Penguins Latest Trade is a Shot Worth Taking

High-profile trades for well-established players like Jason Zucker include an element of unpredictability, but this was still a deal the Penguins had to make.

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Jason Zucker wanted to get out of Minnesota, the Wild were agreeable with moving him and the Penguins wanted a Zucker-type addition.

Still, the trade the Penguins made this week was anything but simple.

Especially for Zucker and the Pens.

His Penguins debut on Tuesday night against the Lightning was the 457th game of Zucker’s NHL career, not including the playoffs, and the first he hadn’t played for the Wild.

“Very weird,” Zucker acknowledged. “I was looking down at my socks and everything getting dressed.

“It was very bizarre.”

There will be adjustments to make beyond getting used to the new color scheme, for Zucker, and for the team.

And that isn’t going to happen overnight.

Head coach Mike Sullivan and General Manager Jim Rutherford both referred to their prized acquisition as a “top-six forward,” even though Zucker was presumably brought aboard to play on the first line with Sidney Crosby.

But Crosby also wasn’t willing to commit to as much long term after Zucker skated on Crosby’s left wing against Tampa Bay.

“Regardless of who he plays with, I think he’s got a ton of speed,” Crosby offered. “I think he fits the way we play as a group.

“If it ends up us being together, he’s got a ton of speed.”

So it isn’t going to be as simple as lose Jake Guentzel, plug Zucker into the void.

Then again, it was never going to be.

Zucker can’t score goals like Guentzel.

And even high-profile trades for well-established players include an element of unpredictability.

The Penguins thought they’d hit a home run with Derick Brassard in 2018, but that turned out not to be the case.

Their previous regime, likewise, struck out with Jerome Iginla in 2013.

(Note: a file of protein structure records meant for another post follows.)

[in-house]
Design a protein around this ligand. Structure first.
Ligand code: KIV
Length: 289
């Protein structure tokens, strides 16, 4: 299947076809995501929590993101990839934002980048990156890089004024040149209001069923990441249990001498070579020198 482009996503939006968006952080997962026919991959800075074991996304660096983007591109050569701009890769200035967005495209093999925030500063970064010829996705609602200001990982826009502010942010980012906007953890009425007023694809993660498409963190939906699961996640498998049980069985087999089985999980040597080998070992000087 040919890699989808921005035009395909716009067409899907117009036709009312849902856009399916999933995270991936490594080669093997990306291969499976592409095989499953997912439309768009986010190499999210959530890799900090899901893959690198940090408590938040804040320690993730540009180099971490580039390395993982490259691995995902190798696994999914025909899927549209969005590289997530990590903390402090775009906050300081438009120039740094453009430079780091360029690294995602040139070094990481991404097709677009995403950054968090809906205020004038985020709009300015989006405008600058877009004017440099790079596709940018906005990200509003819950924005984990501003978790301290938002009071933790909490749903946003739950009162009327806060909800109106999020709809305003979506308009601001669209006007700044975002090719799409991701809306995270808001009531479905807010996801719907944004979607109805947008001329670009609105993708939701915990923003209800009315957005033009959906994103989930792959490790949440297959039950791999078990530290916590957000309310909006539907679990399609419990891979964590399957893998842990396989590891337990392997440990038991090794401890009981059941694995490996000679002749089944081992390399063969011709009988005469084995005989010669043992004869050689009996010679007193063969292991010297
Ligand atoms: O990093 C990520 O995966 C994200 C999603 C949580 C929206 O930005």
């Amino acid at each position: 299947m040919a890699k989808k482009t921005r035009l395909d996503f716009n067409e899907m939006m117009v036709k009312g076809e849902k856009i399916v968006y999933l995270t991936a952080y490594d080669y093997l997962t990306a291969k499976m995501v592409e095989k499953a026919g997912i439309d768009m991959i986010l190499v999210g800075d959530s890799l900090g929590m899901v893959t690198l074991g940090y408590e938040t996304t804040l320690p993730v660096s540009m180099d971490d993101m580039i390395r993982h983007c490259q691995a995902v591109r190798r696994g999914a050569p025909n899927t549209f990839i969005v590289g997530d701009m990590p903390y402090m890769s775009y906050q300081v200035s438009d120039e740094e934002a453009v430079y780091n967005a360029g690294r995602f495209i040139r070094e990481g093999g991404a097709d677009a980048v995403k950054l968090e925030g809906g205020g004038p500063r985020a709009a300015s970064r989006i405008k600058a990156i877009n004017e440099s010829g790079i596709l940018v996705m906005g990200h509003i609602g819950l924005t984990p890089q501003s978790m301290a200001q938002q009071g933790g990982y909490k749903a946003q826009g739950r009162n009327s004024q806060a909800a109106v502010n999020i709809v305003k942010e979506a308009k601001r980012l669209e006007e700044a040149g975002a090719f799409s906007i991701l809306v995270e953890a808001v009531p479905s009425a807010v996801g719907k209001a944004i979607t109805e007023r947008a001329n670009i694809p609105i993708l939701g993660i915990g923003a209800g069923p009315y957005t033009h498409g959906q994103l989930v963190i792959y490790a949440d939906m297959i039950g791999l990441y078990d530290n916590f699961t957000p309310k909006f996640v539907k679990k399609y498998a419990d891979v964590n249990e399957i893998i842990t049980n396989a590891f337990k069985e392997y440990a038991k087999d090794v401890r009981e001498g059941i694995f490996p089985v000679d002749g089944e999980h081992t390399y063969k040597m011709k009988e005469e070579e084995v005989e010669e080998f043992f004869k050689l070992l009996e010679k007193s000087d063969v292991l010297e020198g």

And in 2008, General Manager Ray Shero’s bold move was to acquire Marian Hossa. The Post-Gazette’s coverage of that trade noted, rather matter-of-factly, that the Penguins “also received Pascal Dupuis from Atlanta.”

The PG was far from alone in barely acknowledging Dupuis in the deal.

Who knew Dupuis would turn out to be the guy with staying power, the guy who’d become a Stanley Cup winner and the perfect fit in Pittsburgh?

So hold off on planning the parade.

Still, this was a trade the Penguins had to make.

The cost, which included a No. 1 pick and top prospect Calen Addison, might wind up being prohibitive, but only if the Penguins don’t win another Cup in the Crosby-Evgeni Malkin Era.

And that wasn’t going to happen this season without Rutherford doing something dramatic.

Not in an Eastern Conference that also includes the Bruins, the Lightning and the Capitals.

It still might not.

Figuring out whether Zucker is best suited to be Crosby’s left wing or not might be the least of the Penguins’ concerns (again, the Bruins, Lightning and Caps are all standing in the way of even getting the chance to play for another Cup). But Zucker will make the Pens a better team, even if the details of his role have yet to be sorted out.

One reason why is that skating ability Crosby mentioned.

That won’t achieve separation for the Penguins as much as it will help them keep up.

“The league is a fast league now,” defenseman Kris Letang emphasized. “I think a lot of teams play the same way. So I think every time you have a chance to increase that speed on your team, you want to do it.”

More important than that, Zucker has also brought “a defensive conscience” with him from Minnesota, according to Sullivan.

That’s something Sullivan has been trying to re-instill in his team ever since last season’s sweep out of the postseason. And that’ll have more to do with how long this season’s playoff run lasts than skating fast.

And then there’s this on Zucker from goaltender Matt Murray: “I hear good things about his character, so we’re thrilled to have him.”

That’s more than enough while the Pens figure the rest of it out.

Assuming Zucker remembers not to wear green socks the next time he pulls on his new black jersey.

Categories: Mike Prisuta’s Sports Section